Sunday, November 28, 2010

Diddly-eye, what?


One of our favorite new romantic comedies is Leap Year. In it, the male lead character, Declan, repeatedly uses the phrase "Diddly-eye". So, Cindy and I embarked on a search to determine what "Diddly-eye" means. Here are our preliminary results, listed in what we see as the most likely options (together with our sources).


1) In Scottish a Diddie (or Diddy) is a twit, confused person.[1] So, maybe this is an adjectival use of the term diddy, implying that she is a twit by the look in her eyes.

2) Apparently the Dublin eye is known, in true Dublinese, as the Diddly eye![2] So, maybe since she was focused on going to Dublin, she was Diddly-eyed.

3) In a variety of Scottish songs, the term diddly-eye appears in a series of what appears to be nonsensical terms.[3] In addition, this seems to be how it is used by Ned Flanders in an episode of the Simpsons.[4] So, maybe this is just a nonsensical expression.

4) Apparently there is such a things as Diddly-eye music.[5] But that use does not make much sense to me.

So, any thoughts? Any Irish people out there who can shed some light on this expression?

14 comments:

Anonymous said...

thank you... either one makes sense... good enough... i've been wondering and now im relieved... i love leap year...

Sandy Schairer said...

On an internet search it says diddly-eye is a type of music with a prescribed specific and controlled format. I think Declan uses it to indicate what he sees in Anna and what she says frequently "I have everything under control." He is basically saying she's a control-freak. He mentions this directly when he says "If you stop controlling everything in the known universe..." while in the garden. Yes, I have memorized the movie.

Maël said...

Thanks for your comments, Anonymous and Sandy.

Sandy: It could be ... it would be interesting to see if by the first time Declan uses diddly-eye he had reason to use it in such a way ...

Anonymous said...

It is the sadness that lies at the heart of Irish music, a wistful melancholy wrapped in the crazy joy of every jig and reel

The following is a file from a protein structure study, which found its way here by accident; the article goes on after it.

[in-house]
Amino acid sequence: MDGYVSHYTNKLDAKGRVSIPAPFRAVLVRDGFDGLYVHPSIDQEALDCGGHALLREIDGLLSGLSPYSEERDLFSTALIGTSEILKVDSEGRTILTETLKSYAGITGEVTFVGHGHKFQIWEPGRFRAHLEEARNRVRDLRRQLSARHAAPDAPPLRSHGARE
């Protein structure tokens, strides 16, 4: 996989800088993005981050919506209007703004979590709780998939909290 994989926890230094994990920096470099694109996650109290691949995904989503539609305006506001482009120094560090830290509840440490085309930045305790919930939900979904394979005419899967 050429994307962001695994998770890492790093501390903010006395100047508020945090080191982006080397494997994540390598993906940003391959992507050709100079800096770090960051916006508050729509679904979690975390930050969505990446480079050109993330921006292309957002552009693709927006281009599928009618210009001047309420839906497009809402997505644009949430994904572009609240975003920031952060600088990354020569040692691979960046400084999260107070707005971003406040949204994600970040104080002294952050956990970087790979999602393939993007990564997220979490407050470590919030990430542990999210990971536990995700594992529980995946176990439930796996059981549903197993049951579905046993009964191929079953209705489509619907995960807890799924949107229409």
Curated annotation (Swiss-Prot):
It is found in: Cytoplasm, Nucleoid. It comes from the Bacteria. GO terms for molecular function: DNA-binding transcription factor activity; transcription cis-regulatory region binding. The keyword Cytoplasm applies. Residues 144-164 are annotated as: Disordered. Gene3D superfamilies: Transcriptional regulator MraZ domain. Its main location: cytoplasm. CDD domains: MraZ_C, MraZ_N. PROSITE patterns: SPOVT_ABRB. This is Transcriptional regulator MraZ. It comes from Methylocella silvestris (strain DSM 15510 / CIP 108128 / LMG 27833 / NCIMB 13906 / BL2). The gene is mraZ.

Found on one website about the music. I have heard this sadness in a number of Irish song I have heard. Singing in joy with an undertone of sadness. I don't know if this applies to Declan's references but the double entendre of this could very well be part of the mystery he is and expresses.

Anonymous said...

On the internet in Irish slang: "It can be a slang term meaning something similar to rubbish." I think Declan may mean foolishness. He may be referring to her shallowness in seeking romance rather than being real. I think it means a lot of things. I should put all this speculation on my own blogspot, huh? Diddly-eye.

joan said...

So happy I found this site. I just recently watched Leap Year, as it is currently on demand with Time Warner and I absolutely fell in love with the movie and with Anna and Declan and Ireland! Two very real characters, like we know them personally! The critics trashed the movie, but it has replaced the Proposal as my favorite romantic comedy. So uplifting! I also wondered about "diddly-eyed" and I think it was referring to Anna's sparkling, kind, blue eyes with a bit of perhaps naiveté about them.

Maël said...

Joan, thanks for the comments. Over the years, I have learned not to listen to critics when it comes to romantic comedies.

Anonymous said...

One critic did like the movie. Check out Roger Ebert's review on rogerebert.com.

Anonymous said...

I too have discovered this darling movie, I keep,watching it. I cannot believe it was a huge hit. A little it happened one night and little when Harry met Sally a little you've got mail and a lot of Jane Austin. I loved it. On my 10th viewing.



Anonymous said...

I too enjoyed Leap Year. Interesting to note that Matthew Goode, who played Declan, said he took the role only to be close to his girlfriend and newborn baby; he agreed with the critics and in interviews said that it was possibly the worst movie of 2010.

Maël said...

I did not know that, Anonymous.

justhink'n said...

I do not know the meaning of "diddly-eye" but in the mid 1940's my Scots-Irish grandmother would sing a little a little song which, between verses, would say, "Diddly-eye, diddly-eye, diddly-eye dee; Diddly-eye, diddly-eye, diddly-eye die"! I always figured it was simply a phrase to add a beat to the song. I was reminded of it when I watched Leap Year for the first time last night!

Maël said...

Thanks for the insight, justhink'n.

kim said...

Declan is saying she is being foolish and single minded, she is so intent on accomplishing a goal for all the wrong reasons.

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